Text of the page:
Tuesday, September 08, 2015

6 Counterproductive Approaches to "Studying the Bible"

Couterproductive bible study habits

I found this infographic on Pinterest and I decided to share it here. The infographic is linked to an article by Crossway

The images draws from chapter 2 of Jen Wilkin's book, Women of the Word: How to Study the Bible with Both Our Hearts and Our Minds, and highlights 6 common—yet ultimately counterproductive—approaches to "studying the Bible" that we all struggle with from time to time. These unhelpful habits sometimes prevent us from really digging into what God has to say to us in his Word.

How true are these to you?


1. THE MAGIC 8 BALL APPROACH


Couterproductive bible study habits

The Method


Get the answers you need to life's big questions. Should you marry Bob? How about that new job? Just use your Bible like a Magic 8 Ball. Give it a vigorous shake, open it, and place your fingers on a verse. looks like "signs point to yes"

The Problem


This approach misconstrues the ministry of the Holy Spirit through the Word, demanding that the Bble tell us what to do  rather than  who to be. The Bible is NOT magical, it does not serve our whim, and its primary function is not to offer on-demand answers to any and every question.



2. THE PERSONAL SHOPPER APPROACH


Couterproductive bible study habits

The Method


Want to know what the Bible says about a topic like self-esteem or how to be a godly woman? No problem. Just let {insert name of famous Bible teacher here} do the legwork for you. Your personal shopper will hand-select the perfect verses for you from all over the Bible.

The Problem


While helpful to an extent, this approach doesn't help us build "ownership" of Scripture. We ricochet from passage to passage, gaining fragmentary knowledge of many books of the Bible but mastery of none. They're valuable as a supplement to-but not a substitute for- studying the Bible in its most basic sense.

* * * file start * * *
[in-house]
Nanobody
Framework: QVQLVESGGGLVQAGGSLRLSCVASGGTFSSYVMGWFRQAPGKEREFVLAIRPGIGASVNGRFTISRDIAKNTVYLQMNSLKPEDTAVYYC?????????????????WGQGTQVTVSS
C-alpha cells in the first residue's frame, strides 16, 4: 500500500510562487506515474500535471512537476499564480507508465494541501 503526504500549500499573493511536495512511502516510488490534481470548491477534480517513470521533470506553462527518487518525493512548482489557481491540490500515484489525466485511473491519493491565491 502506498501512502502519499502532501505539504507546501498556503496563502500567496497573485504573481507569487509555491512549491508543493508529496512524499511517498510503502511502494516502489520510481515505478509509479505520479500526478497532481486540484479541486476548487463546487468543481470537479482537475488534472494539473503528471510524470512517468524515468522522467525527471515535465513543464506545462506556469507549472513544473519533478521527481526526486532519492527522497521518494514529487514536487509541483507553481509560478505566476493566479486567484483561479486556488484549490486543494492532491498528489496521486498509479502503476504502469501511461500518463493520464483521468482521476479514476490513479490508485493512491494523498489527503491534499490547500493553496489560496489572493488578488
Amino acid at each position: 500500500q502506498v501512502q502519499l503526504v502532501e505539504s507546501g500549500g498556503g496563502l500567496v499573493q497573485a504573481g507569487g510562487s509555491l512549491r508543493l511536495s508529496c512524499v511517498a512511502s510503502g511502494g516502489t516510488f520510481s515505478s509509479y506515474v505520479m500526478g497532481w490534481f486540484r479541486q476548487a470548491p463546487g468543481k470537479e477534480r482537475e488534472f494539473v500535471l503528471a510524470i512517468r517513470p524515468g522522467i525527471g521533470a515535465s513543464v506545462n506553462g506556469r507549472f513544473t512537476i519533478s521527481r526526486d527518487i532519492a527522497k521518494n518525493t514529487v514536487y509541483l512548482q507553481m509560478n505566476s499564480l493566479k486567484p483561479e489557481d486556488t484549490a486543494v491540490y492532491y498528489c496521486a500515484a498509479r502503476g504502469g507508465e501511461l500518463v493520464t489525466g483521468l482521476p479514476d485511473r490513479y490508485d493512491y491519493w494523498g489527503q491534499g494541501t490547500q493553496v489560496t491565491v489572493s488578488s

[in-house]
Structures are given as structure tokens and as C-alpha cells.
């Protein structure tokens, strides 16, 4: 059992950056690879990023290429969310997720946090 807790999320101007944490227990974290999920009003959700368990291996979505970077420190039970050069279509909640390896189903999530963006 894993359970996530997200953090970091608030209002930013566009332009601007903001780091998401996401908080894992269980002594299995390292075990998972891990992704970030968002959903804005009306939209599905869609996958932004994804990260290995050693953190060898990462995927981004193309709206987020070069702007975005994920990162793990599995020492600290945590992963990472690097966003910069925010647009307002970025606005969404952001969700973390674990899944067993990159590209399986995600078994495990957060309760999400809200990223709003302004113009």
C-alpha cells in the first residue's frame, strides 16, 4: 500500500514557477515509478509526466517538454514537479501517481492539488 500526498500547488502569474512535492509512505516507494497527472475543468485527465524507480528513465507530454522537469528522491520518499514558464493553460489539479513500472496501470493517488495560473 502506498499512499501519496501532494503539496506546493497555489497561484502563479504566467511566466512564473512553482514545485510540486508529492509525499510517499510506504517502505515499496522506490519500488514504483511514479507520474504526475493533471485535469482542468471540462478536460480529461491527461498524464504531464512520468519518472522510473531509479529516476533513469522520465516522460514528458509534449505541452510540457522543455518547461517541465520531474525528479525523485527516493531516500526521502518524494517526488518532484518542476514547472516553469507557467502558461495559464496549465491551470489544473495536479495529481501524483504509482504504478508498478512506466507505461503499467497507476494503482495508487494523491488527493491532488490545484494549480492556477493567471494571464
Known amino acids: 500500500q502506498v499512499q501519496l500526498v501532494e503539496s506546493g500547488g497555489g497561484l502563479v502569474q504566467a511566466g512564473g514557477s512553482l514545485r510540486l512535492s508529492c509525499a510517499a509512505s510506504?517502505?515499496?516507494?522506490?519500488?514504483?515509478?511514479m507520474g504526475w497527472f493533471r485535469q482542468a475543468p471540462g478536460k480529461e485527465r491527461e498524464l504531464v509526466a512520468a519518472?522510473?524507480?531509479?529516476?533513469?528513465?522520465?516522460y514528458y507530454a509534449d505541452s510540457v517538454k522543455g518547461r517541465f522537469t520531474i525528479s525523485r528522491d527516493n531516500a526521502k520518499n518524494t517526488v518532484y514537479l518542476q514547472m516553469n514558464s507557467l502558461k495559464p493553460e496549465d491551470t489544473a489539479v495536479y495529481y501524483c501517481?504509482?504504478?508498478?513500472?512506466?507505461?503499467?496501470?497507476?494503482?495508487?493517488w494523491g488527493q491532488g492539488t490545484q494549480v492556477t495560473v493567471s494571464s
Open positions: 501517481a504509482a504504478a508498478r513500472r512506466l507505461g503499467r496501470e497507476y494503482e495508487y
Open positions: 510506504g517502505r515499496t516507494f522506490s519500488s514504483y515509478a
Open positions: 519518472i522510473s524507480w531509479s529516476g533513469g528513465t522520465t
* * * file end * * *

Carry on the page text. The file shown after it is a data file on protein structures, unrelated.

3. THE TELEPHONE GAME APPROACH


Couterproductive bible study habits

The Method


Instead of reading the Bible itself, use your "quiet time" to read books about the Bible. It takes less time and effort to read what someone else says about what the Bible says. And it feels safer to read someone else's conclusions than to draw our own.

The Problem


Its never good to spend more time reading a text several times removed from Scripture than we spend reading Scripture itself. It can render us more likely to quote John Piper than the apostle Paul. We're called to love the Lord our God with all of our minds, not someone else's mind.


4. THE XANAX APPROACH


Couterproductive bible study habits

The Method


Your Bible exists to make you feel better. Feeling anxious? Philippians 4:6 says be anxious for nothing. Feeling tired? Matthew 11:28 says Jesus will give rest to the weary. You know your "time in the Word" was successful if you can say "Wow, that was really comforting".

The Problem


This approach makes the bible a book about me, and it guarantees that huge sections of the Bible will remain unread because they fail to deliver an immediate does of emotional satisfaction. Instead of asking how the Bible can serve us, we should ask it how to serve the God it proclaims.


5. THE PINBALL APPROACH


Couterproductive bible study habits

The Method


Not sure what to read? Just turn to a random passage. It's all good! Releasing the plunger of your good intentions, send the pinball of your ignorance hurtling towards whatever verse it may hit, ricocheting around to various passages "as the Spirit leads".

The Problem


The Bible is a piece of carefully crafted literature and was not written to be read this way. This approach gives no thought to the cultural, historical, and textural background or the original intent of the passage in question- preventing is from really learning what it's about.


6. THE PICKY EATER APPROACH


Couterproductive bible study habits

The Method


Dont worry about reading the Old Testament- it's weird. Well, maybe Esther, Ruth and Proverbs 31 because they're written for women. Other than that, just stick with the good ole New testament...except for Revelation, of course (super weird). the important thing is to be able to identify with what you're reading, so eat what you like and leave the rest.

The Problem


This approach ignores the fact that all Scripture is God-breathed and profitable. We need historical narrative poetry, wisdom literature, law, prophecy, and parables - all showing us the character of God from different angles. And we need to see the gospel from Genesis to Revelation.


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